As the movement to legalize recreational marijuana gains steam in Michigan, many craft breweries have started to take notice.
On their minds is a key concern: Would legalizing pot negatively affect sales of craft beer?
It’s a question — speculated about in states like Colorado and Washington that have legalized the recreational use of marijuana — that market experts say has no clear answer at this point based on available data.
Moreover, some West Michigan craft brewers welcome the idea, seeing a path for increased business and the potential to marry the two products and cultures.
“I don’t believe it will have any immediate profound effect on our business or industry directly, but in the long run may add to it as opposed to take from our industry,” said Seth Rivard, co-founder of Rockford Brewing Co. “In my personal experience, there is a ‘high’ correlation of crossover in the demographics between craft-beer lovers and pot lovers. If pot use does grow over time because of legalization, we’ll probably see an uptick in craft beer fans as well.”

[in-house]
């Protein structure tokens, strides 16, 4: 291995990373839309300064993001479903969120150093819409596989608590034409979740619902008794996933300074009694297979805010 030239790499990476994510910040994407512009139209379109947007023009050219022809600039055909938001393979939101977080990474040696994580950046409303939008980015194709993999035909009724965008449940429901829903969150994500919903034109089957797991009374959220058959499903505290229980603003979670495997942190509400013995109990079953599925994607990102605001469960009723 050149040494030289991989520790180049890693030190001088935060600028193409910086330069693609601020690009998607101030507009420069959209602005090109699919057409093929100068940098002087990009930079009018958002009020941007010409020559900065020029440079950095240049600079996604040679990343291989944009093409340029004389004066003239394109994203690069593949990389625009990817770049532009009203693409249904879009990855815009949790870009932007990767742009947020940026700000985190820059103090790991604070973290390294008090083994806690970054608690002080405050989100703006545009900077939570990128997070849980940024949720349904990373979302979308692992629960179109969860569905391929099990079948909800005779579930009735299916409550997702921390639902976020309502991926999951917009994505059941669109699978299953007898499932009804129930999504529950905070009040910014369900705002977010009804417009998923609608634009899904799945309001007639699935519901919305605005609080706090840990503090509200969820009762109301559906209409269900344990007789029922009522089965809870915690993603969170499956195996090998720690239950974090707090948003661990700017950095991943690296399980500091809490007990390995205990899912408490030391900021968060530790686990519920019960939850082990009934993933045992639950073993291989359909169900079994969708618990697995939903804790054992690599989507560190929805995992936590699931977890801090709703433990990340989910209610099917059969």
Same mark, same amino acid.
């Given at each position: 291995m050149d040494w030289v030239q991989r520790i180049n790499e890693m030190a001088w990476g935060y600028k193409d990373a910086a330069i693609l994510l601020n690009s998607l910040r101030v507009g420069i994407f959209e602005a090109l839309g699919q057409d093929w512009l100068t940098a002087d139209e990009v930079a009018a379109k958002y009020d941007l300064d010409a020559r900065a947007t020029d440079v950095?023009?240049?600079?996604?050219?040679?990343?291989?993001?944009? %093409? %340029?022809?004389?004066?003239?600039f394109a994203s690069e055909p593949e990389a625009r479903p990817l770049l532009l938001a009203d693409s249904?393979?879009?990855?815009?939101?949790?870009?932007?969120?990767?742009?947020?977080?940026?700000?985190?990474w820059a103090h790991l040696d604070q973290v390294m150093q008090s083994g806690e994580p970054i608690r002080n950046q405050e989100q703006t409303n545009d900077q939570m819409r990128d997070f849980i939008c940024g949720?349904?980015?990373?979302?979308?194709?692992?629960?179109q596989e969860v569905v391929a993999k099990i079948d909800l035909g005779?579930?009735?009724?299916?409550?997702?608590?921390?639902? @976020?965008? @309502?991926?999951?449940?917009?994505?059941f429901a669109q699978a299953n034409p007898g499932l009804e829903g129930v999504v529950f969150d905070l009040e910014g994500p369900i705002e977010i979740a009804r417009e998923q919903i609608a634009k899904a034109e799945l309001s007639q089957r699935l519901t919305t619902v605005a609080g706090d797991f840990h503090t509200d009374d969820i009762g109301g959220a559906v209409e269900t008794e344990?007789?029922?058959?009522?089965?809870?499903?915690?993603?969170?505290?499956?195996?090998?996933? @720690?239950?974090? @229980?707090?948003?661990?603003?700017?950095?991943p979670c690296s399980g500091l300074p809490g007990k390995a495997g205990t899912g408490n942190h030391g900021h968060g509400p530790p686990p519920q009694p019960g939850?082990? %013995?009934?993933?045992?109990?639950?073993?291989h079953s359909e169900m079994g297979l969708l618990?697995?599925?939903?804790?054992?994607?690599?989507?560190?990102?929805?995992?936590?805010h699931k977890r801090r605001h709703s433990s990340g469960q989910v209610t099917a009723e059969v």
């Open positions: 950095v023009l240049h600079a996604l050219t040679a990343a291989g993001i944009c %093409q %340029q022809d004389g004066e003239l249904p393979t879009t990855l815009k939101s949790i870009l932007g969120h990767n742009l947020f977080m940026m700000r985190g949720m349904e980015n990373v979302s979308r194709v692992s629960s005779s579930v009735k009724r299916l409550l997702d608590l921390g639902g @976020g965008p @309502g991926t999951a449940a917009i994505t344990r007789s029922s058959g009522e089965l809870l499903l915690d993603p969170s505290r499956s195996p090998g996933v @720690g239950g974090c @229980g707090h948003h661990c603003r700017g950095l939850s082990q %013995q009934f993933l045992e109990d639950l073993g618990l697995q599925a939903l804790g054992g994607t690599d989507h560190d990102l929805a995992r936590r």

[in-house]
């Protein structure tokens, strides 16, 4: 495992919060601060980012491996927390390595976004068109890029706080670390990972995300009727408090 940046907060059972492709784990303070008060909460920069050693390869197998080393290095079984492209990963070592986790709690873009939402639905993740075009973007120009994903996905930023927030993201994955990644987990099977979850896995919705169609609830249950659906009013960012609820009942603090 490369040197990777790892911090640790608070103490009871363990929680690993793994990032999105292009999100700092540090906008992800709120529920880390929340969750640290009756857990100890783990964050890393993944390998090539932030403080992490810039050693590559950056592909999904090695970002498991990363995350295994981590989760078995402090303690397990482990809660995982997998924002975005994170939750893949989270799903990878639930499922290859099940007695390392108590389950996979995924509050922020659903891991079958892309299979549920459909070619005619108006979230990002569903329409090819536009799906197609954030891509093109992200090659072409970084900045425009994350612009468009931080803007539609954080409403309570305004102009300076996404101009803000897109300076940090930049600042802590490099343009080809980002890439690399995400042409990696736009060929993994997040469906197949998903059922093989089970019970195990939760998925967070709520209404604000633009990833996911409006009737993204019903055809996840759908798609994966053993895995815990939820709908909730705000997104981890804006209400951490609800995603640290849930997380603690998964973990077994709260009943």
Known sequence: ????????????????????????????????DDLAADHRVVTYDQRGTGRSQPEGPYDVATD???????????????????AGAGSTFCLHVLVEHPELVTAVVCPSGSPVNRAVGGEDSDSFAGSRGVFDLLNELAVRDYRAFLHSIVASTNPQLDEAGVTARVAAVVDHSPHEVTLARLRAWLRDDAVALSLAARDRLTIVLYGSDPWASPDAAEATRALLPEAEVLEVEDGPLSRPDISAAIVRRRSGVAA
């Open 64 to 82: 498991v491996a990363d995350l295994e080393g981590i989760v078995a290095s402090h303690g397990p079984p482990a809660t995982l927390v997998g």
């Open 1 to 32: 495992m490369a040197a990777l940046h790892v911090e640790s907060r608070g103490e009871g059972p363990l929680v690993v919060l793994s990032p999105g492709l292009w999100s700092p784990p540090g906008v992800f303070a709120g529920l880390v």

Rivard — who supports marijuana legalization because it is “safer than alcohol, hands down” — added that Rockford Brewing “would consider a 420 happy hour with half-off munchies and dank brew! The craft beer industry is already well connected to the Mary Jane culture.”
After Michigan voters approved cannabis for medical use in 2008, advocates in recent years have launched ballot initiatives to legalize recreational use for adults. However, the question hasn’t yet made it to voters. MILegalize, which spearheaded an effort in 2015, failed to gather enough signatures in the required timeframe to make the ballot. Earlier this year, though, the group backed a similar effort now being led by the Coalition to Regulate Marijuana Like Alcohol, which said in late July